At first, Hunt kept a day job at Downtown Joe’s, considering Moonlight a creative outlet and a way to get access to fresh beer. Three years in, he left to focus on Moonlight full time. Fast-forward to today, and the staff has grown from one person to 10, and the lineup of three standard beers is now five.
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Hunt and his team do, however, create lots of special and seasonal beers. Working for Tips, a beer made only once a year, is Hunt’s exploration of what people during the Gold Rush might have brewed if they couldn’t source hops. Research led him to discover that old Scandinavian beers had incorporated spruce tips instead of hops, and so he began looking for hop alternatives around Sonoma County, settling eventually on redwood tips, which have a lemony flavor. Working for Tips is lightly spicy and citrus-y; it tastes like beer and yet not at all like beer.
“This is not a gimmicky new thing; this is just something that was done and was forgotten for a while,” says Hunt.
He has never been one to hold his tongue. Hunt believes the volume of new brewery openings is not sustainable, and is wary of breweries that scale up too quickly. There’s nothing wrong with staying small, he insists.
“Part of the mentality is that you don’t leverage yourself and have these bank loans that you promise you can pay once, (and you) buy the equipment to get bigger and bigger, and it becomes a pyramid scheme,” Hunt says. “And when you reach the top, you still have just bigger bank loans. Now what?”
Of course, Hunt has relied on outside investment himself, especially in the Lagunitas purchase. Lagunitas founder Tony Magee is a longtime friend of Hunt’s, and he proposed the move when Hunt asked him for advice about succession planning. Neither of Hunt’s two daughters is interested in running the brewery, and he wanted to provide a road for Moonlight to continue without him.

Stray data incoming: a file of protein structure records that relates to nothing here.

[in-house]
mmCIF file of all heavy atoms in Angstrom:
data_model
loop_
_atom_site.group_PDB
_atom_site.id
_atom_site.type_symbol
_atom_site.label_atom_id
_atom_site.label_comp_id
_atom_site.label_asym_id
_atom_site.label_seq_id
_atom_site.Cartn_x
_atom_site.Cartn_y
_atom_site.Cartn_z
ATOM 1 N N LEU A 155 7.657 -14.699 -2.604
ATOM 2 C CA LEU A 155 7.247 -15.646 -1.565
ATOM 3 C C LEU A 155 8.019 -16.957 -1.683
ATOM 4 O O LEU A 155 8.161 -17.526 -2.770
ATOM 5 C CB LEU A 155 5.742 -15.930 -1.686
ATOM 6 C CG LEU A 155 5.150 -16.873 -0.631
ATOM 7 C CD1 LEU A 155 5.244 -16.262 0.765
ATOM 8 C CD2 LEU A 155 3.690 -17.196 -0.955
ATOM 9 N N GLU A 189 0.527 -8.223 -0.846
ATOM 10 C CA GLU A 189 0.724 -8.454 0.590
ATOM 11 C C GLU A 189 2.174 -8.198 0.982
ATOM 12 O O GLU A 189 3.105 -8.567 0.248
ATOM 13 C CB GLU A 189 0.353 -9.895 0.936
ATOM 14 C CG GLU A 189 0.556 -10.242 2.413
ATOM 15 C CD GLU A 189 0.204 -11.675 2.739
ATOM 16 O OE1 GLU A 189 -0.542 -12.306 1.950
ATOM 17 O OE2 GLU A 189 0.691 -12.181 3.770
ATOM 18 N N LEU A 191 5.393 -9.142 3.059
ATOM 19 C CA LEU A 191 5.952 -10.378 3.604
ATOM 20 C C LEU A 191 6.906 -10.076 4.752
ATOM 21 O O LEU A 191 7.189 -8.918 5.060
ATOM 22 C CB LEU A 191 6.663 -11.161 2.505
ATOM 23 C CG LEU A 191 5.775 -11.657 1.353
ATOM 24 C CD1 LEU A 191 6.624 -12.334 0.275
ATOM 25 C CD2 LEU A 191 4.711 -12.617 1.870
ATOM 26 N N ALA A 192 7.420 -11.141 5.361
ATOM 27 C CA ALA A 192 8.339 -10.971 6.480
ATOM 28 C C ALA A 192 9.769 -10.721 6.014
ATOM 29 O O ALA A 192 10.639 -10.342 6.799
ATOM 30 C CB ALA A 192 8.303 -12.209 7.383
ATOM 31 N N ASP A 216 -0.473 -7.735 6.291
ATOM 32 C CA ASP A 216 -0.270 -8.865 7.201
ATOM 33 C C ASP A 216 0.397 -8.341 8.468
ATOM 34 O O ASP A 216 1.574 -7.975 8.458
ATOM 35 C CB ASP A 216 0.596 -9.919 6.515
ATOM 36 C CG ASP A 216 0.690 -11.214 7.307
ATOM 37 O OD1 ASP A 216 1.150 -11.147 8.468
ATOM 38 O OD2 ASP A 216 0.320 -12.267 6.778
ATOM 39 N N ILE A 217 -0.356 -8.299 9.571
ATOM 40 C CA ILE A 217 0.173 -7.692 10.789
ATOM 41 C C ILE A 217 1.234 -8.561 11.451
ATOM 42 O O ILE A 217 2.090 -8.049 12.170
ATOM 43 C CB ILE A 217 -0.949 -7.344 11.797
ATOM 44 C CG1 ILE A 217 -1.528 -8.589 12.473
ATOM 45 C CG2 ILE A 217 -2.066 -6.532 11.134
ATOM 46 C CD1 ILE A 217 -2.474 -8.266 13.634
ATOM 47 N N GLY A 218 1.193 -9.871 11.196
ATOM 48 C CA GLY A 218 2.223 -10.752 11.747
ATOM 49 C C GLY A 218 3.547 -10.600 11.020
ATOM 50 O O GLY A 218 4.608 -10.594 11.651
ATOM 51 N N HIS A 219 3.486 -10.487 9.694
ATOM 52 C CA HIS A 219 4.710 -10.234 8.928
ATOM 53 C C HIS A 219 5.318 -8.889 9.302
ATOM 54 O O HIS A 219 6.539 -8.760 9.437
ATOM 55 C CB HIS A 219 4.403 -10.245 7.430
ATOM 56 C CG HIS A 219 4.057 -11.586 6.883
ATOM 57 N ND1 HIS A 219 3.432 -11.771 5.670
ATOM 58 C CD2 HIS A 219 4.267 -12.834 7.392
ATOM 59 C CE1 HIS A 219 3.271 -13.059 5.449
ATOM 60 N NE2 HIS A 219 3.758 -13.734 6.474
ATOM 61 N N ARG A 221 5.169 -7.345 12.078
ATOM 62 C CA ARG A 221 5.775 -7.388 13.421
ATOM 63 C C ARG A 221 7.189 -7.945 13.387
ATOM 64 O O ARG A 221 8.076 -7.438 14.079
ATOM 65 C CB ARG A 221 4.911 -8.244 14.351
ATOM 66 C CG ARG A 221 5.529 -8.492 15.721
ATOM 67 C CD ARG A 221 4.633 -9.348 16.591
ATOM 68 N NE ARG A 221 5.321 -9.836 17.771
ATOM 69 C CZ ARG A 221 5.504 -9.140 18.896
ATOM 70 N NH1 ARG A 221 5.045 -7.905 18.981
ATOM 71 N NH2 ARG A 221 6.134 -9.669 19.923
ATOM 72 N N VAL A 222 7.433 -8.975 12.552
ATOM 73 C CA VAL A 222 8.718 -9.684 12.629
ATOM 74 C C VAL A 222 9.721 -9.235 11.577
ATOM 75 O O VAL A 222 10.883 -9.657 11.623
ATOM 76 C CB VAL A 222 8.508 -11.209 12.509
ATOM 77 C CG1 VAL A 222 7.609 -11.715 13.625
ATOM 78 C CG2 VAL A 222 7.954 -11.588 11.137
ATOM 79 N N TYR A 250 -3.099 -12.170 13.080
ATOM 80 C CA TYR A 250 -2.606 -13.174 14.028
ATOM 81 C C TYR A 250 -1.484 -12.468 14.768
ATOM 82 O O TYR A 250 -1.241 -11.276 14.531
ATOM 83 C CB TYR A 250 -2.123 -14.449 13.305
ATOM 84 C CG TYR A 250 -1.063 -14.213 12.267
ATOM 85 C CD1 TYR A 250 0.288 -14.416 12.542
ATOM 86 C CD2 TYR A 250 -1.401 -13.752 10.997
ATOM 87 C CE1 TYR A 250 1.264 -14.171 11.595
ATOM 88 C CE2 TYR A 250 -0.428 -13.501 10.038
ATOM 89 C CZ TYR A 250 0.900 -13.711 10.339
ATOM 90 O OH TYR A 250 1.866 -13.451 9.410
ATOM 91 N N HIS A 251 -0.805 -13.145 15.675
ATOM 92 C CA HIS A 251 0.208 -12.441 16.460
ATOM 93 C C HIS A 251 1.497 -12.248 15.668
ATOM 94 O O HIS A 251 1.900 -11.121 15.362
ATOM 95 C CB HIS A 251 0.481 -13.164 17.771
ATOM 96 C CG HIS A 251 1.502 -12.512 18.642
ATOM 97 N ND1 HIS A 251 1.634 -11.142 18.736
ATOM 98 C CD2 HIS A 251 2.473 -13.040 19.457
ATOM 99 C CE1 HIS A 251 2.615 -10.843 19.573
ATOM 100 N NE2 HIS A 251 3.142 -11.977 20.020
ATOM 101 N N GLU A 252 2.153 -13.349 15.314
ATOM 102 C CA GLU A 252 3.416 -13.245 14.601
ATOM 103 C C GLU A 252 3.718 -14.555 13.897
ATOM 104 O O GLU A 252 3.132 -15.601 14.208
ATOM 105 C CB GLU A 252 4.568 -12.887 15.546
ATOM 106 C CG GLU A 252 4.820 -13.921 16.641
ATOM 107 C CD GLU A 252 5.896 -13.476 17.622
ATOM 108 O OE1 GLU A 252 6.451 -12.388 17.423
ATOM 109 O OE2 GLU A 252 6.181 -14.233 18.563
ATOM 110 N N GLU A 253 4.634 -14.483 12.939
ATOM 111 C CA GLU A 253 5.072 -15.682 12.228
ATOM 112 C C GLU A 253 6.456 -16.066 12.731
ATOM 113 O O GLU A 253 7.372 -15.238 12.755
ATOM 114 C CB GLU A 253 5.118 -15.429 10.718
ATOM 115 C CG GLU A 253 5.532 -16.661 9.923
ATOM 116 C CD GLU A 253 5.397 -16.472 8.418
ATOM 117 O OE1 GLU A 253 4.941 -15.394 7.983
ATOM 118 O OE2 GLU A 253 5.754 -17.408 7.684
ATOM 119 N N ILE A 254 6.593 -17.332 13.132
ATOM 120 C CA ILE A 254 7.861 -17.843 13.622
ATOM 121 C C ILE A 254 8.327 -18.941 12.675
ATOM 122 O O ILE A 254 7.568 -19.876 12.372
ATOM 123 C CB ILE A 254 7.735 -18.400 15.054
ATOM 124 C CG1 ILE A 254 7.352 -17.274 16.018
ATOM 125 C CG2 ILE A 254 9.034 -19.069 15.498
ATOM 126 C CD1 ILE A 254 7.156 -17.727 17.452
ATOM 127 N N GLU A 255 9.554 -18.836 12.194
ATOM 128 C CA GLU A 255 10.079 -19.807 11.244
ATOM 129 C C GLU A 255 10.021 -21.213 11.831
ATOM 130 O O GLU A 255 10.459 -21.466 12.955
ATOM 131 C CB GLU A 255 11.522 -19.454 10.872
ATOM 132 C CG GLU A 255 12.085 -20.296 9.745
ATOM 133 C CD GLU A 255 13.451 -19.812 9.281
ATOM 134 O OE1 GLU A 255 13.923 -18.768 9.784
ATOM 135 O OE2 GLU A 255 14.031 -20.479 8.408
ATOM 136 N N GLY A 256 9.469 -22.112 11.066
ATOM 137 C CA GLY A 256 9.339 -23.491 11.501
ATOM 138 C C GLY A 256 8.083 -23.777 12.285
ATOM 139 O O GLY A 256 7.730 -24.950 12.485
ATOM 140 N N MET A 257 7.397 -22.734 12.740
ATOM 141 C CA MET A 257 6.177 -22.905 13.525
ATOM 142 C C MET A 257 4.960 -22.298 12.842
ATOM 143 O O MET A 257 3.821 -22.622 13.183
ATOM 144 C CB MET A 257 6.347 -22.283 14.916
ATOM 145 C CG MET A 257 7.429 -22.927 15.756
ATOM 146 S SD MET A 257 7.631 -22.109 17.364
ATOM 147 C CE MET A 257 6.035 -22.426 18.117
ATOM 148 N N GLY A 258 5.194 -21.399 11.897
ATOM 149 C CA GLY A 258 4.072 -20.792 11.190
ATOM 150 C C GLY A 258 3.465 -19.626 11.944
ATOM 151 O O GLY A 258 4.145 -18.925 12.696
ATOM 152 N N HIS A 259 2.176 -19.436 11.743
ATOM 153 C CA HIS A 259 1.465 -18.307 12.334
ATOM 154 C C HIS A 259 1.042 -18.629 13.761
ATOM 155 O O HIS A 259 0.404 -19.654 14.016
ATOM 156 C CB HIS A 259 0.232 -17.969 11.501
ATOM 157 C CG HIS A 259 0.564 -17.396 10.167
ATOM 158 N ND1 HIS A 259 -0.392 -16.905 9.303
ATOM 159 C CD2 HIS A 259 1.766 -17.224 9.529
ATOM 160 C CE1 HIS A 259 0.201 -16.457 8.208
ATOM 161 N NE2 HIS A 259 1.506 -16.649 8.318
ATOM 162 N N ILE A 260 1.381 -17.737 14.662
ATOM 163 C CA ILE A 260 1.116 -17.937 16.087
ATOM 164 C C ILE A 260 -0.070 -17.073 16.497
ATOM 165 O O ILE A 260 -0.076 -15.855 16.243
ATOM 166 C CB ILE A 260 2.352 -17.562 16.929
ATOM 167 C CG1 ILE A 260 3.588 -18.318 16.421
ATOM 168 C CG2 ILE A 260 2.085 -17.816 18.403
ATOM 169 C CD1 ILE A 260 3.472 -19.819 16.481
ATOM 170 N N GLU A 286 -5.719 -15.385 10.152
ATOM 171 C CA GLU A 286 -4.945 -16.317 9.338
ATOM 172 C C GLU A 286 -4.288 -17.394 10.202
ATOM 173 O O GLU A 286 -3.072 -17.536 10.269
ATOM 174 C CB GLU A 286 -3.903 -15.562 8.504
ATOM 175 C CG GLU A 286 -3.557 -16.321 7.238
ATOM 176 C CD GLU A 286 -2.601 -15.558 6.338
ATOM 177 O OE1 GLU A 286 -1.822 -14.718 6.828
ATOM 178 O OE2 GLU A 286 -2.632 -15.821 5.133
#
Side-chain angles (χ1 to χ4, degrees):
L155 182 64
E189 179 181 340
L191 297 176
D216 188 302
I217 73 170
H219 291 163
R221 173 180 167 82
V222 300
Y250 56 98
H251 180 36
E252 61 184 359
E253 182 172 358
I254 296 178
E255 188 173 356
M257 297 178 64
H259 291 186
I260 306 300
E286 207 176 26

“I have people who love my beer, and I have employees that are very dedicated, and I want it to continue,” says Hunt. “How else could I do that?”
He makes it clear that the partnership wasn’t designed to blow up production to squeeze “every last dead president” out of the brewery. Hunt was careful not to sell a majority interest so that he can maintain control. All production still happens at Moonlight’s small facility in modest, 20-barrel batches — a system that looks incredibly inefficient relative to Lagunitas’ well-oiled machine.
Hunt jokes: Lagunitas, which brews close to a million barrels a year, probably spills more beer than Moonlight makes.
Already, the partnership has had its benefits. Hunt has been able to replace Moonlight’s tiny storefront tasting room that fit 10 people comfortably with a single tap system, to a more spacious one next door that allows him to pour a dozen beers at once on two draft systems, and can easily fit 60 thirsty craft beer enthusiasts. It’s a great place to sample these beers at their freshest.
The new taproom almost disappeared in October during the Wine Country fires. Located in a business park on Coffey Lane, the space is directly across the street from Coffey Park, the residential development that was leveled in the early days of the fires.
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Hunt fully expected the fire to cross Coffey Lane and approach Moonlight. Miraculously, it didn’t. While volunteering with the relief effort, Hunt was told by a fire captain that his brewery was within 20 minutes of devastation. But 10 minutes later, the wind shifted in another direction, sparing almost everything on the other side of the road.
Driving down Coffey Lane to reach the taproom and seeing how close the fire got, it’s easy to imagine how a close call like that would double your resolve to make beautiful beer.
Lou Bustamante is a Bay Area writer and author of “The Complete Cocktail Manual.” Email: Twitter: @ thevillagedrunk